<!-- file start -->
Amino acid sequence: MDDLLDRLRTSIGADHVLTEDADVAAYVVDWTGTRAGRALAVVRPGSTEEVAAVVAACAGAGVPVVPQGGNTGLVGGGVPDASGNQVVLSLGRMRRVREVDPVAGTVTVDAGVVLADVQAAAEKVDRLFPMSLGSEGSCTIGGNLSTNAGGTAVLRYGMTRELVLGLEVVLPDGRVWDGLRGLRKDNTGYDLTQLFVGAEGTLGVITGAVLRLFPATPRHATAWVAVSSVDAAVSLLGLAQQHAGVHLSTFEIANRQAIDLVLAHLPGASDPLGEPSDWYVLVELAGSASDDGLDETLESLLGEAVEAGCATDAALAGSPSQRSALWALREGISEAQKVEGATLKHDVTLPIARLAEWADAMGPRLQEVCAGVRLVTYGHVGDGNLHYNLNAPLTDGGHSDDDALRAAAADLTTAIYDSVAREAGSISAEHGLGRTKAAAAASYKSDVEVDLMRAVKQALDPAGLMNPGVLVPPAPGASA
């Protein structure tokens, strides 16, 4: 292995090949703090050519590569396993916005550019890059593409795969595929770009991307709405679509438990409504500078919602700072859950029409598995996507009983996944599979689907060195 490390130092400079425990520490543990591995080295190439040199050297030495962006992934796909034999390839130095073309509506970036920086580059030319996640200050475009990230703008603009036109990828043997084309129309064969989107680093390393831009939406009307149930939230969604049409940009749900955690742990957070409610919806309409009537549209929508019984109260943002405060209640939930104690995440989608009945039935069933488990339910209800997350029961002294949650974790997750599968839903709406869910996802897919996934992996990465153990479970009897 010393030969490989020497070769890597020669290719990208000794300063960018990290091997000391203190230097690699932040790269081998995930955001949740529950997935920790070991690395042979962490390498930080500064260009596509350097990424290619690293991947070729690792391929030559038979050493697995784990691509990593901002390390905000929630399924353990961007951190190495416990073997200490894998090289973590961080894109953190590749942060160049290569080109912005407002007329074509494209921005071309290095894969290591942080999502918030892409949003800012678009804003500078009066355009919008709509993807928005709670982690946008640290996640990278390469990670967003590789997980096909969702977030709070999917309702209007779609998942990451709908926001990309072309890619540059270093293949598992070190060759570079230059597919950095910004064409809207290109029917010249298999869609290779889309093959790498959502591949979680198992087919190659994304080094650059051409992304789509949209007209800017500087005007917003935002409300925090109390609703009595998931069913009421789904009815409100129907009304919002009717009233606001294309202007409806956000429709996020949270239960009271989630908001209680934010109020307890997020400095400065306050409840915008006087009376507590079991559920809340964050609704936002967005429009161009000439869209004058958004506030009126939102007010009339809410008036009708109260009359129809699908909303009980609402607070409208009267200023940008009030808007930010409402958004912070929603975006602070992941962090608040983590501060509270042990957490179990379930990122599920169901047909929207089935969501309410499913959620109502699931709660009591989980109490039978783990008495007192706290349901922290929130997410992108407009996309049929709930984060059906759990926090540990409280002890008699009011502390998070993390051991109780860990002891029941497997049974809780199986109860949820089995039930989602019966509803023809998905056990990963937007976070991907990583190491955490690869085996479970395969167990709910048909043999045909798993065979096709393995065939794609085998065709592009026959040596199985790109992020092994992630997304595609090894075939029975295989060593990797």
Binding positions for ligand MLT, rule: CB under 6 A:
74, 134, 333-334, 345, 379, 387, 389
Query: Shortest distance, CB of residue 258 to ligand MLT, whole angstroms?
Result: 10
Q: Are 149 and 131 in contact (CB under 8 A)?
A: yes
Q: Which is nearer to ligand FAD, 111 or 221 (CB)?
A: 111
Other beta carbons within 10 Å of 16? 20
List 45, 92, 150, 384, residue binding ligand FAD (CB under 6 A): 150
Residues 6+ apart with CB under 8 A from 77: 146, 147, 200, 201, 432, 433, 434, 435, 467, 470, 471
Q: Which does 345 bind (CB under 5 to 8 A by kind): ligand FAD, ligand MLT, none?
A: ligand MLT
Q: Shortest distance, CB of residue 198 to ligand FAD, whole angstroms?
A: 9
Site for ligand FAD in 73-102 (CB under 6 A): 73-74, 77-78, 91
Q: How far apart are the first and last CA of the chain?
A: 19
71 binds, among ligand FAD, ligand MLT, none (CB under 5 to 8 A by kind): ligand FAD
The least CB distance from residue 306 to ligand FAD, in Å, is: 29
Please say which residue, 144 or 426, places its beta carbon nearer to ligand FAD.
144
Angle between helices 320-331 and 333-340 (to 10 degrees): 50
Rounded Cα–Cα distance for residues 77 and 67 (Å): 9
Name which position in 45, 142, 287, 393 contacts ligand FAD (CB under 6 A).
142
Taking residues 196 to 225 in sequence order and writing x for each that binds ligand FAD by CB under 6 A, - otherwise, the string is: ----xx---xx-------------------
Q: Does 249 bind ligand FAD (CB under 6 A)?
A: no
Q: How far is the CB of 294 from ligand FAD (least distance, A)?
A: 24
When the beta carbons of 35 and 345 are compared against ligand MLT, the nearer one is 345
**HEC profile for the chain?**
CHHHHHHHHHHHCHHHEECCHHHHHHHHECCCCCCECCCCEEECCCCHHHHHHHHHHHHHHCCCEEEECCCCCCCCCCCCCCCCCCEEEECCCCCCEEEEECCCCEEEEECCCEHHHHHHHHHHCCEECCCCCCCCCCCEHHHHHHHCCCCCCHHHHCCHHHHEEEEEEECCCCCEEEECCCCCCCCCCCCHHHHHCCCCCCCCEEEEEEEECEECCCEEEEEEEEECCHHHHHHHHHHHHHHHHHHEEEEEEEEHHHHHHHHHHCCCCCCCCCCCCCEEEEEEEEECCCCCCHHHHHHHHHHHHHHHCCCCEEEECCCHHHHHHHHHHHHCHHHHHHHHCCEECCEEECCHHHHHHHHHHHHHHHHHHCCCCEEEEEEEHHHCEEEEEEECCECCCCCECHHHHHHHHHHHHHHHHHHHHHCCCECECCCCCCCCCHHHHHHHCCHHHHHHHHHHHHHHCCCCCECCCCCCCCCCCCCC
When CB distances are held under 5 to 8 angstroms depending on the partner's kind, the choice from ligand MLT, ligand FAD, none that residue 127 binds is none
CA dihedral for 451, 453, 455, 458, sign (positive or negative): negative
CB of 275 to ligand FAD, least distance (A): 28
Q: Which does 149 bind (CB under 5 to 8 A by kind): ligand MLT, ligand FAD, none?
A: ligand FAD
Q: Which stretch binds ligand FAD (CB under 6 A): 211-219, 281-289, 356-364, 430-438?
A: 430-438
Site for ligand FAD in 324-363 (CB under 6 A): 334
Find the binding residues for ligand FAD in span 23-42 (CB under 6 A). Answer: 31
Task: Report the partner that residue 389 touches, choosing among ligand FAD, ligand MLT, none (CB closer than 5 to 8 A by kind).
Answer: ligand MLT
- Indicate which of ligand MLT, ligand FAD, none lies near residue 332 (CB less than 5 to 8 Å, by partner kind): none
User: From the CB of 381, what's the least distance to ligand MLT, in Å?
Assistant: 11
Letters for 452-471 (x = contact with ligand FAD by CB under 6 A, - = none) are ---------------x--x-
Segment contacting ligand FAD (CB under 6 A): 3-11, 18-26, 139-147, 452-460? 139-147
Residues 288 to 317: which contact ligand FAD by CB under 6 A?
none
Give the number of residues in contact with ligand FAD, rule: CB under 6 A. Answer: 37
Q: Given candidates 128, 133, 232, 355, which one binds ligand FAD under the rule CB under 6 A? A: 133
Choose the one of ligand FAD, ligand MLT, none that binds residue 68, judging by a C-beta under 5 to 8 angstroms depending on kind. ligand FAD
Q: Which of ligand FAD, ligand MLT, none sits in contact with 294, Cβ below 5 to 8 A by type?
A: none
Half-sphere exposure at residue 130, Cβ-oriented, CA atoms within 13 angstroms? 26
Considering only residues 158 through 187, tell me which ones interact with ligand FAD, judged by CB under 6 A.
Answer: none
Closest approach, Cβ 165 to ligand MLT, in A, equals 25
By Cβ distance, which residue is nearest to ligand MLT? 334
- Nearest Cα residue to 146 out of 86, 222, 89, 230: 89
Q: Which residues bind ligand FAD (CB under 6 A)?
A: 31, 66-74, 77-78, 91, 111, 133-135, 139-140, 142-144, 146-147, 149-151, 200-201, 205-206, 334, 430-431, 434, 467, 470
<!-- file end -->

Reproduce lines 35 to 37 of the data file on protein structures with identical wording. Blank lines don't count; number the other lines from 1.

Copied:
**HEC profile for the chain?**
CHHHHHHHHHHHCHHHEECCHHHHHHHHECCCCCCECCCCEEECCCCHHHHHHHHHHHHHHCCCEEEECCCCCCCCCCCCCCCCCCEEEECCCCCCEEEEECCCCEEEEECCCEHHHHHHHHHHCCEECCCCCCCCCCCEHHHHHHHCCCCCCHHHHCCHHHHEEEEEEECCCCCEEEECCCCCCCCCCCCHHHHHCCCCCCCCEEEEEEEECEECCCEEEEEEEEECCHHHHHHHHHHHHHHHHHHEEEEEEEEHHHHHHHHHHCCCCCCCCCCCCCEEEEEEEEECCCCCCHHHHHHHHHHHHHHHCCCCEEEECCCHHHHHHHHHHHHCHHHHHHHHCCEECCEEECCHHHHHHHHHHHHHHHHHHCCCCEEEEEEEHHHCEEEEEEECCECCCCCECHHHHHHHHHHHHHHHHHHHHHCCCECECCCCCCCCCHHHHHHHCCHHHHHHHHHHHHHHCCCCCECCCCCCCCCCCCCC
When CB distances are held under 5 to 8 angstroms depending on the partner's kind, the choice from ligand MLT, ligand FAD, none that residue 127 binds is none